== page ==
Scots indicate 'overwhelming support' for greater measures to protect Scotland's scenic landscapes

07 November 2018
26324294594_7bca2d4a3c_k-87843.jpg Five Sisters - Scotland's scenic areas
A survey commissioned by the National Trust for Scotland has revealed overwhelming support for greater measures to protect Scotland’s most scenic landscapes.

A survey commissioned by the National Trust for Scotland has revealed overwhelming support for greater measures to protect Scotland’s most scenic landscapes.

The online survey of a sample of 1,229 people representative of Scotland’s population by age and gender was commissioned by the Trust from Mark Diffley Consultancy and Research to mark four decades of National Scenic Areas.

National Scenic Areas (NSAs) were first identified by the then Countryside Commission for Scotland in 1978. This followed publication of Highland Landscape by WH Murray commissioned by the National Trust for Scotland in 1962 which was the first national assessment of Scotland’s most scenic areas. It came from a strong desire to protect the beauty of Scotland’s landscape and enable ‘economic’ and ‘amenity’ factors to be weighed evenly on the scales.  

Among the findings of the survey are:

  • 95% strongly/tend to agree that scenic areas are vital for tourism
  • 91% strongly/tend to agree that scenic landscapes make them proud to live in Scotland
  • 92% strongly/tend to agree that there should be restrictions on large-scale industrial development in Scotland’s most important landscapes
  • 84% strongly/tend to agree that the planning system should include more measures to protect National Scenic Areas

The value of Scotland's National Scenic Areas

Location, social background, age and gender made virtually no difference to the opinions expressed through the survey.

It was also clear that respondents were unaware of or confused by the many different designations intended to protect landscapes in Scotland: for example, 88% were ‘definitely aware’ of National Parks whereas the percentage for National Scenic Areas was only 20% and 23% for Wild Land Areas.

When asked whether “most new development in the countryside is having a positive impact on Scotland’s scenic landscapes,” less than a quarter (23%) of respondents agreed, with 29% neutral, and 33% disagreeing. This suggests there is opportunity – and a need – for better planning and design to ensure the sustainable development of our landscapes.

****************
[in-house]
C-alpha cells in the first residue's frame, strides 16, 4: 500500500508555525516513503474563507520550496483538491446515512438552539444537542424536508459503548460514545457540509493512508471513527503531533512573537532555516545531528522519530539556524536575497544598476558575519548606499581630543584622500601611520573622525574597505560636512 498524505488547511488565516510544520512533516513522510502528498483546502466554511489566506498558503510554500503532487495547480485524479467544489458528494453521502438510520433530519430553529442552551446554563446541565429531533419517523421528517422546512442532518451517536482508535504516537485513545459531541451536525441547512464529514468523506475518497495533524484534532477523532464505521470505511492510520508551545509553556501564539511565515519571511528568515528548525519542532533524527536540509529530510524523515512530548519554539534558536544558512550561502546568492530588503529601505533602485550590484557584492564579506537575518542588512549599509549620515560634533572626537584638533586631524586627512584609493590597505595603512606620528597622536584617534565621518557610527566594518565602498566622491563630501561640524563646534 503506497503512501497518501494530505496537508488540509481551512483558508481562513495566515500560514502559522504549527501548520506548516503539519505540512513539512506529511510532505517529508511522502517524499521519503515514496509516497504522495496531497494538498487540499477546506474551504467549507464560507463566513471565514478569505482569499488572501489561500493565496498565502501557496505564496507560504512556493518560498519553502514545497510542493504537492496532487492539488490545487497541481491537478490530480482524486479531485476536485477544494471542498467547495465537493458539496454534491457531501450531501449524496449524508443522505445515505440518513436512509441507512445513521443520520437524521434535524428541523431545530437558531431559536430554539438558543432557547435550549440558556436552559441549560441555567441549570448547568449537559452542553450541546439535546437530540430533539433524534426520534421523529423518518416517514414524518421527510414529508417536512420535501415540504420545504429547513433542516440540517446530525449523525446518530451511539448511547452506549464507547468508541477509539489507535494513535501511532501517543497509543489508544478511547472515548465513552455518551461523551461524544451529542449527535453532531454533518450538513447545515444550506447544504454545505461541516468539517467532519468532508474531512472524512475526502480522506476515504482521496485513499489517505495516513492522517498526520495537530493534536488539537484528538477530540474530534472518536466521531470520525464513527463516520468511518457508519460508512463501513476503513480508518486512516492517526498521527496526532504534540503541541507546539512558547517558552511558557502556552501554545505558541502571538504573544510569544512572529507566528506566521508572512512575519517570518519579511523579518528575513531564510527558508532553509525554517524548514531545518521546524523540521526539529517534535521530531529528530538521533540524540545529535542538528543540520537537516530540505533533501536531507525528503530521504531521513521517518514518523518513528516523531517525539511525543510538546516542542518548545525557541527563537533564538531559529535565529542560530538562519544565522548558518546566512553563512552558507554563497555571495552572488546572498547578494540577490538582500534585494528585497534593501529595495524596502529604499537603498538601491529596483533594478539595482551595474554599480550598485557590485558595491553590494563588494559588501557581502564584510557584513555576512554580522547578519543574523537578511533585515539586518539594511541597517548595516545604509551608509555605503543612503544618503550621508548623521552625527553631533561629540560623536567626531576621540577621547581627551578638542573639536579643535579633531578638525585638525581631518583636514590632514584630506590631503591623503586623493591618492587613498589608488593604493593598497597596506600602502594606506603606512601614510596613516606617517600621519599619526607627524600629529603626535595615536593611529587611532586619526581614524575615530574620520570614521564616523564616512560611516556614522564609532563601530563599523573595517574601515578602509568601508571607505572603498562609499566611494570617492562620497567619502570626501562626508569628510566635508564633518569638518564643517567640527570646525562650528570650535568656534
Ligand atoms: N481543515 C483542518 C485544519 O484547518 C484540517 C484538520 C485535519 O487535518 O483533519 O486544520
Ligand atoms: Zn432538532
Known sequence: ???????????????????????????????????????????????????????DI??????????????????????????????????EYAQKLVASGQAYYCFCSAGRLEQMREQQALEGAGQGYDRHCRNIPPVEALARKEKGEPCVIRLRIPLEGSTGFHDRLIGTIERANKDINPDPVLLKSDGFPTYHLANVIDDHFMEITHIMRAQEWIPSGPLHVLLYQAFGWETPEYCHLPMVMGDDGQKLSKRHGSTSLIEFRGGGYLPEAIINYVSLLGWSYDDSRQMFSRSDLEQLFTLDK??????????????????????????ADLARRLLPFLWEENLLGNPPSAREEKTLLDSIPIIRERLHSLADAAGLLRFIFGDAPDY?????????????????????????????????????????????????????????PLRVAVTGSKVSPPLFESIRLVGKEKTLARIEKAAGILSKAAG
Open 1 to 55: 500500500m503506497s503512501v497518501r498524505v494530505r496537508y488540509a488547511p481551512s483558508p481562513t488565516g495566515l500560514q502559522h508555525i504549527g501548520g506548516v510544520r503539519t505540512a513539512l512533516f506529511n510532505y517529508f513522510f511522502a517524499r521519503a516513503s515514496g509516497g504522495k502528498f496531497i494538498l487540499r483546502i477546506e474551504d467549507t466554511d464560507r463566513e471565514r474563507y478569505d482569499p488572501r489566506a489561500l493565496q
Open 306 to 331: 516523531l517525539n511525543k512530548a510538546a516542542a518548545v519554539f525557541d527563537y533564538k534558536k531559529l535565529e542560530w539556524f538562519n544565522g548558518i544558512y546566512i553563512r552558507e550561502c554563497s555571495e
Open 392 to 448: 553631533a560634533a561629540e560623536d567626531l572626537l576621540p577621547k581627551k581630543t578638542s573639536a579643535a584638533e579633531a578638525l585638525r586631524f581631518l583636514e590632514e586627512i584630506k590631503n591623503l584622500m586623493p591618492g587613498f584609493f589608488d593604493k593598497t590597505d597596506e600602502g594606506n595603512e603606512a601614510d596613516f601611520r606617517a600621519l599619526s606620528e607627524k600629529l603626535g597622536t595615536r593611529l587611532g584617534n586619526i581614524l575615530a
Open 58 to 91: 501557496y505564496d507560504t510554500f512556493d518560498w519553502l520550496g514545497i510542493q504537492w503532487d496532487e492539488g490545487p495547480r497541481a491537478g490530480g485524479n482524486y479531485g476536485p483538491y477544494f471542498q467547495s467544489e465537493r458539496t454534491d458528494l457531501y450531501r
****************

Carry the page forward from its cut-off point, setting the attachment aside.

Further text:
The National Trust for Scotland’s Head of Conservation and Policy, Stuart Brooks said: “While the social and economic situation and types of pressure have changed since 1978, it’s abundantly clear that one thing has been constant: the people of Scotland’s determination to see the landscapes they love properly protected.

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“It’s been 40 years since National Scenic Areas were established, and up to this point they have been largely effective.  Their amenity value has grown enormously within that time to the point where they are key economic drivers for Scotland. This is bringing wealth and opportunity to rural communities – whether as places to live or drawing visitors from around the world. 

“Technological advances to produce and distribute clean energy to help combat climate change is necessary but presents new challenges to protecting our landscapes and this is a concern for people as demonstrated through this poll.

“There’s an immediate opportunity through the Planning Bill currently before Parliament to ensure our National Scenic Areas and Wild Land Areas are future proofed to ensure they continue to protect the beauty of our landscape and support our economy and communities. 

“Let’s also look beyond the highlands and begin a discussion about the value of landscapes everywhere and the role their stewardship can play in the health and prosperity of our nation.” 

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(images copyright NTS Media Pics)